Japanese tech startup Aromajoin will unveil its scented video platform AromaPlayer at the CES 2023 tech trade show. This brings olfactory sensing while you watch videos.
Powered by Aromajoin’s proprietary Aroma Shooter technology, the device can instantly switch between various scents without any delay – and without any residual effect. AromaPlayer is a web application accessible via Google Chrome.
Kyoto, Japan-based Aromajoin said its AromaPlayer lets people enjoy a more immersive video experience by getting their noses involved. The AromaShooter is also designed to send aromas without any scents’ leakage into the environment.
To use the AromaPlayer, you start with a YouTube video link. Then you can start to create by simply
adding a scent like peppermint on the timeline to set up the perfect smell, timing, and duration.
Previously, the AromaPlayer was only an offline standalone application developed since 2012, and
it was mainly used in digital signage. But with the new AromaPlayer Online, any creators are free to create their own scented content and share them with friends.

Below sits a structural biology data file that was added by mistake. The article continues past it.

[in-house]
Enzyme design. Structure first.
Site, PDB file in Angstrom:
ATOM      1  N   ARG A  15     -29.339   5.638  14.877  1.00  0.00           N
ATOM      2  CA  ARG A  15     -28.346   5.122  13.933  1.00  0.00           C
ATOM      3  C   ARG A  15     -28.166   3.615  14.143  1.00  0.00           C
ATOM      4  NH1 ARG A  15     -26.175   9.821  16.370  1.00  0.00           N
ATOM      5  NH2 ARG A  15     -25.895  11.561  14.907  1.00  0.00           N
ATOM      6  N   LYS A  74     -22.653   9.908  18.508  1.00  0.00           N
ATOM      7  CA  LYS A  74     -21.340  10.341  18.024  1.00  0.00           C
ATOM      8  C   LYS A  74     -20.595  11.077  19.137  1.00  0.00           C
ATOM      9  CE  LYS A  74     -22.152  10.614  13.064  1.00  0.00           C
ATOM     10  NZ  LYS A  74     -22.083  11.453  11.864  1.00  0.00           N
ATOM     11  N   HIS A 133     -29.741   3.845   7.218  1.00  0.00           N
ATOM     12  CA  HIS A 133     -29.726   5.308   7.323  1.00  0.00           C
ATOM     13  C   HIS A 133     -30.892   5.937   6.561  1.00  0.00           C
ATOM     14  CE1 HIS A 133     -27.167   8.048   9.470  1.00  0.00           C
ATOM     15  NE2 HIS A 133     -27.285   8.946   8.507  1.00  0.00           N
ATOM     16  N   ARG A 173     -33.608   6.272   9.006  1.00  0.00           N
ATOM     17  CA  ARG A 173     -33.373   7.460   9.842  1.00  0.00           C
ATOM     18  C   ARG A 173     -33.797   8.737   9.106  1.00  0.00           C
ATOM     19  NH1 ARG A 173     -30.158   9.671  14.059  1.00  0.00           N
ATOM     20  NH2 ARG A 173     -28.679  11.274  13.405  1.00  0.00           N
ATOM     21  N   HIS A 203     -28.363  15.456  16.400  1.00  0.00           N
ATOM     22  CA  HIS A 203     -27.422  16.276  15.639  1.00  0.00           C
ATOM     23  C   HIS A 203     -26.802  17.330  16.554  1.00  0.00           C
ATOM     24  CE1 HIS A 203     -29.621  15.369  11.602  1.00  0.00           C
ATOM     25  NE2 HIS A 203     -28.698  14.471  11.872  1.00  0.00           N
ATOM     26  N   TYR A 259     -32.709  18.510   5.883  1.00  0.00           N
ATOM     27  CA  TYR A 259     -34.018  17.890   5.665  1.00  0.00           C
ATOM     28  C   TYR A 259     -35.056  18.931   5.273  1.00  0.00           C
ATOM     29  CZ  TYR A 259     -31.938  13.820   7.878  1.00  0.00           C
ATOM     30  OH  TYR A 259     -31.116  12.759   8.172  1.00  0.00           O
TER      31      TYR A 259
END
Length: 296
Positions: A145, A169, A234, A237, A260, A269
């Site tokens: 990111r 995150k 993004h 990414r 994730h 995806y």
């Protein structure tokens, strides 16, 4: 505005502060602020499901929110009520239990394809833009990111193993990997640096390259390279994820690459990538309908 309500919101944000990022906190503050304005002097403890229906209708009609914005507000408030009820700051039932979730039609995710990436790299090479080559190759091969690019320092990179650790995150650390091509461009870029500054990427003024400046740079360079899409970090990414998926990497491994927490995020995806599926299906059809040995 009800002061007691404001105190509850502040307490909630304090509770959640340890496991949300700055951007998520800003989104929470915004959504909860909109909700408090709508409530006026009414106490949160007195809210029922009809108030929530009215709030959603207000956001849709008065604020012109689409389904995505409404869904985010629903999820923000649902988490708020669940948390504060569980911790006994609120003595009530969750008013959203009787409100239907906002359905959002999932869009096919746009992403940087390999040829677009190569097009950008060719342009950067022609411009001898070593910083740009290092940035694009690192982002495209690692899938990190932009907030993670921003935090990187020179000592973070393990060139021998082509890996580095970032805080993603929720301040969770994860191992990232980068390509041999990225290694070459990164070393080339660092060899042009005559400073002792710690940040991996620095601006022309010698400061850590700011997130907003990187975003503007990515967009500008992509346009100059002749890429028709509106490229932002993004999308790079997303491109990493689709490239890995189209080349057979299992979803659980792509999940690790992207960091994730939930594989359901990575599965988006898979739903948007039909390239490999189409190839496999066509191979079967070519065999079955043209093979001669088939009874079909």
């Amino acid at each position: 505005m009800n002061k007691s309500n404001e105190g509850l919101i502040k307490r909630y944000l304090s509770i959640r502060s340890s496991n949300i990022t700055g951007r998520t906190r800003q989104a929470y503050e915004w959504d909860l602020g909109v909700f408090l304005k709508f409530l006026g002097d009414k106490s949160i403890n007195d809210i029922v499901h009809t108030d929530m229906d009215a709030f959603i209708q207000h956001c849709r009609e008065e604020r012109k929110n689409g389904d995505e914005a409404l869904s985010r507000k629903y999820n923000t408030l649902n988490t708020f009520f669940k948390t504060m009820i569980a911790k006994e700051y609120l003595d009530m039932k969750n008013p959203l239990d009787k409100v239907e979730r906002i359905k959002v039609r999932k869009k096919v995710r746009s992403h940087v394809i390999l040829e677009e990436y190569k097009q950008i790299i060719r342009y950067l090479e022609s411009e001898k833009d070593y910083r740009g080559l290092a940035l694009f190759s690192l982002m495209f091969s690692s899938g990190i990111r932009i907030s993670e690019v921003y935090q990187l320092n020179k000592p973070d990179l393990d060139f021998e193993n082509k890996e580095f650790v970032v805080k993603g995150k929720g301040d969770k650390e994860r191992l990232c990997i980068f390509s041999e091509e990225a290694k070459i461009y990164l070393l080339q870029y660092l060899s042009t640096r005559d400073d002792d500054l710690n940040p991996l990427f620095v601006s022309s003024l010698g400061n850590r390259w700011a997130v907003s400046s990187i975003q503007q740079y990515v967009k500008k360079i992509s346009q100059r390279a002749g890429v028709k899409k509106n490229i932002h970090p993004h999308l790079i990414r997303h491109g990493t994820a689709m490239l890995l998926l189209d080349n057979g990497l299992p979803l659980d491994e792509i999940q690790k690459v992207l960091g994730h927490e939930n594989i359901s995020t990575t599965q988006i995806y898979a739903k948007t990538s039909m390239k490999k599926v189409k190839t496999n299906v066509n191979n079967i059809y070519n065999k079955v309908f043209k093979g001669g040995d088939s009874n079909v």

The web application is already on trial here. The scent diffusing device Aroma Shooter 2 is already available on the market and the Aroma Shooter 3 and Aroma Shooter Wearable are expected to be release soon, following a crowdfunding campaign.
AS3 and ASW will be available to both VR/XR developers and consumers. There are currently few
hundred different kinds of scents available, ranging from coffee to orange to shampoo. Aromajoin is
working to expand the scent collection to further enhance virtual and immersive experiences.
The Aroma Shooter device has a holder for individual scent cartridges. It works similarly to the way
printers handle ink. To emit a scent, the device first suctions ambient air, which then passes through
the scent particles released from a cartridge to create the scent. It then sends the scented air directly
toward the user’s nose through its uniquely designed orifices.
Aromajoin was started by CEO Dong Wook Kim, who did research on sscents at the National Institute of Information and Communications Technology in Japan.
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